Executed in 1806, the year in which the artist finally took up his residence at the French Academy in Rome, following his success in the 1801 Prix de Rome, it was at this pivotal period in his career that Ingres began to evolve from a more painterly style of portrait drawing, derived from his invaluable training under Jacques-Louis David, towards the manner that came to define him as perhaps, the finest portraitists of the 19th Century. This increasingly economical method of drawing, in which the artist moved away from the more traditional media of black chalk and stumping, often accompanied by the liberal application of white heightening, towards the more modern technique of graphite, is perhaps best encapsulated by two portraits that Ingres executed in 18031 and 18062 respectively, both of which depict his friend, Jean-Charles-Auguste Simon. Aside from the obvious changes in the physical appearance of the sitter one can clearly see the way in which Ingres’ move away from black chalk has immediately resulted in a more “modern” image, in which he is totally focused on the portrait and happy to indicate clothing and other features in a far more cursory fashion. This newly employed technique is also clearly evident in the present work, in which Ingres has undoubtedly captured much of the likeness and accompanying personality of the sitter in her face alone, while her dress and the chair in which she is seated are far more freely drawn, to the point where, in isolation, they would be difficult to identify.
Though the present work is signed, dated and dedicated, the process of deducing the precise location in which Ingres executed the portrait provides, perhaps unsurprisingly, as much of a challenge as the identity of the sitter herself. This is due, in part, to the fact that Ingres spent much of 1806 based in Paris prior to his departure to the Eternal City in September. Whilst the aforementioned Simon portrait can be reliably placed to Ingres’ time in Paris, due to the accompanying dedication which reads: Dessiné par son ami / Ingres avant son depart / pour Rome. 1806, the present work is considerably less clear. It does not, however, contain any evidence, either by way of an inscription,3 or the tell-tale features of a Roman vista in the background4 to suggest that it was executed in the first four months of Ingres’ arrival in Rome. The dedication to Potrelle, is also particularly revealing and may provide us with the clearest insight into the timing of this portrait. Jean-Louis Potrelle was in fact a close friend of Ingres and a fellow artist, who specialised in engraving and had himself narrowly missed out on winning the Prix de Rome in 1806. It therefore seems most plausible that the young woman portrayed was in some way related to Potrelle, and with time as well as the exciting reemergence of this drawing, the mystery behind her thus far elusive identity may well be solved.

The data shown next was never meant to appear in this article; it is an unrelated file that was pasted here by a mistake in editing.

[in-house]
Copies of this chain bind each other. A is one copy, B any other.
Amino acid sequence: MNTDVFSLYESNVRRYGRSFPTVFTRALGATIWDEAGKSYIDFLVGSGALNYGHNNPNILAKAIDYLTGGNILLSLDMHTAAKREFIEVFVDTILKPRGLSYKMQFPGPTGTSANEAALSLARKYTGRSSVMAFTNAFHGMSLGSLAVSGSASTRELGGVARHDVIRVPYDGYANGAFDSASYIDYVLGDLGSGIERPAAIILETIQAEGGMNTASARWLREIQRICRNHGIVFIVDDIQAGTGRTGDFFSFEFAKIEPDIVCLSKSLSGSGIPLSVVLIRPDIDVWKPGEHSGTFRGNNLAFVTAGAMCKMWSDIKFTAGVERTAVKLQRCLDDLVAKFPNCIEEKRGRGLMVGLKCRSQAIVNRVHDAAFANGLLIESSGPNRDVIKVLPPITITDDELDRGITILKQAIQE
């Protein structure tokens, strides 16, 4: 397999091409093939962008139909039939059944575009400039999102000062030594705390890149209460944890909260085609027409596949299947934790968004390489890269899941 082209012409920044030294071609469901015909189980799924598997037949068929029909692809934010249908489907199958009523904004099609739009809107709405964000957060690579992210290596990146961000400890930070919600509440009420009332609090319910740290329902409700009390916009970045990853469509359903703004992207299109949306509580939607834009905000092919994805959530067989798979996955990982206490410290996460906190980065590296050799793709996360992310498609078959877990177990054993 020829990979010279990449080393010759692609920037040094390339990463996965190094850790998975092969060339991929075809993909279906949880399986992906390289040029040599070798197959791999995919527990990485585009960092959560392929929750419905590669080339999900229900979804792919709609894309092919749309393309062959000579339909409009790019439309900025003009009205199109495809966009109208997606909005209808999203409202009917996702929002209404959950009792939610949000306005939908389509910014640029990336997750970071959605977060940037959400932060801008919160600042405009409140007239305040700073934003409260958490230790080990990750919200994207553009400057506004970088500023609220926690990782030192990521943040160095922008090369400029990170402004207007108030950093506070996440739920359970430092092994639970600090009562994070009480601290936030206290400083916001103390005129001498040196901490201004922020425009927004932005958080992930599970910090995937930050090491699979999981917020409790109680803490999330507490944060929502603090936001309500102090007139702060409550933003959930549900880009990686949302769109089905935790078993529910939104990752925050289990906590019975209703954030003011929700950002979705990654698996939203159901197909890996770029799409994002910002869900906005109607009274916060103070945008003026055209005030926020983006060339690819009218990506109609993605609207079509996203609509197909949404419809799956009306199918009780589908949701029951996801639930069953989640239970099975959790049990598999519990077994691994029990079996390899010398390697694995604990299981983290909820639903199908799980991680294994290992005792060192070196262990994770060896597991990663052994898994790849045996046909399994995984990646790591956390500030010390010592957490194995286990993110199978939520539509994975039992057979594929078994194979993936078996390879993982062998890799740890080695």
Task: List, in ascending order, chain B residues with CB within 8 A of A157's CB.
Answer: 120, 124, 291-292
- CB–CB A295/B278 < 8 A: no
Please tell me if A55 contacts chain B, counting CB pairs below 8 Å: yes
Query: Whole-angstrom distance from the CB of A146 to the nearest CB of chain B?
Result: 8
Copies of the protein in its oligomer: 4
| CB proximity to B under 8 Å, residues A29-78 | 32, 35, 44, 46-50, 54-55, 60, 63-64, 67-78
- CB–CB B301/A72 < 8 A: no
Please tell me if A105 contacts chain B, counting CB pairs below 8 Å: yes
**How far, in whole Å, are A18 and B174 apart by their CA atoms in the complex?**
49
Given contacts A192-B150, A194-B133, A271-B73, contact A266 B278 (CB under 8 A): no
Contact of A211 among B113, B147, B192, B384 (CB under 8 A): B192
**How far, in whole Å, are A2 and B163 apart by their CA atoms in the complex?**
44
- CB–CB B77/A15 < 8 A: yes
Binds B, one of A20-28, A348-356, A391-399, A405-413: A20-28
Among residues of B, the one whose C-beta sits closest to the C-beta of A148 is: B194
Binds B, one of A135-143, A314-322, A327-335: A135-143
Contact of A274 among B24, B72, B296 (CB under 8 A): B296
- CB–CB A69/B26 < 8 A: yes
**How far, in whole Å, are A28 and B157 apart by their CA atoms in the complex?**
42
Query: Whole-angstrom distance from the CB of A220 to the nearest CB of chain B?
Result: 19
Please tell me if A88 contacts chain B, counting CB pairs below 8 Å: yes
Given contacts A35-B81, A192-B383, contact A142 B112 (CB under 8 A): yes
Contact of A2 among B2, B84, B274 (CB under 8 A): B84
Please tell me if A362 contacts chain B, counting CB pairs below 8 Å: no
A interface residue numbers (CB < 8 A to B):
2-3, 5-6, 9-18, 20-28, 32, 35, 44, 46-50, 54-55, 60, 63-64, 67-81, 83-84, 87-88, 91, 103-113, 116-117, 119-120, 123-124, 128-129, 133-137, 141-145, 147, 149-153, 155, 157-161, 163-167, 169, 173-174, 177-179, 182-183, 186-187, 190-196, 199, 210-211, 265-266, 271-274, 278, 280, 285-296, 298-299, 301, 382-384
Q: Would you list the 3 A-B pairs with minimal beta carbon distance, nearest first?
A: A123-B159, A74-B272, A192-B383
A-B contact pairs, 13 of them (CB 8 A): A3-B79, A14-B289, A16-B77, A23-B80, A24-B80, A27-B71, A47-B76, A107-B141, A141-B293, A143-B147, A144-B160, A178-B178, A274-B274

One thing that is utterly undeniable is that this sensitively executed portrait is one of the earliest surviving examples of Ingres employing his own, innovative graphic style, which is as instantly recognisable today as it was revolutionary at the beginning of the 19th Century, and has now, through his formidable artistic legacy, come to define his masterful and eminently covetable portrait drawings.
We are very grateful to Louis-Antoine Prat for his generous assistance in the preparation of this catalogue entry, most notably the invaluable information provided with regard to Ingres’ dedication to his friend, the engraver Jean-Louis Potrelle.
1. See G. Tinterow and P. Conisbee, Portraits by Ingres: Image of an Epoch, exh. cat., New York, Metropolitan Museum of Art, 1999, pp. 88-89, no. 21, reproduced
2. Ibid., p. 95, no. 24, reproduced
3. See for example two portraits executed by Ingres in 1806 inscribed "a Rome" and "in Roma" - H. Naef, Die Bildniszeichnungen von J.-A.-D. Ingres, Bern 1977-80, vol. IV, nos. 41 and 42.
4. See Ingres' 1807 portrait of Lucien Bonaparte - Naef, op.cit., pp. 84-85, no. 45, reproduced
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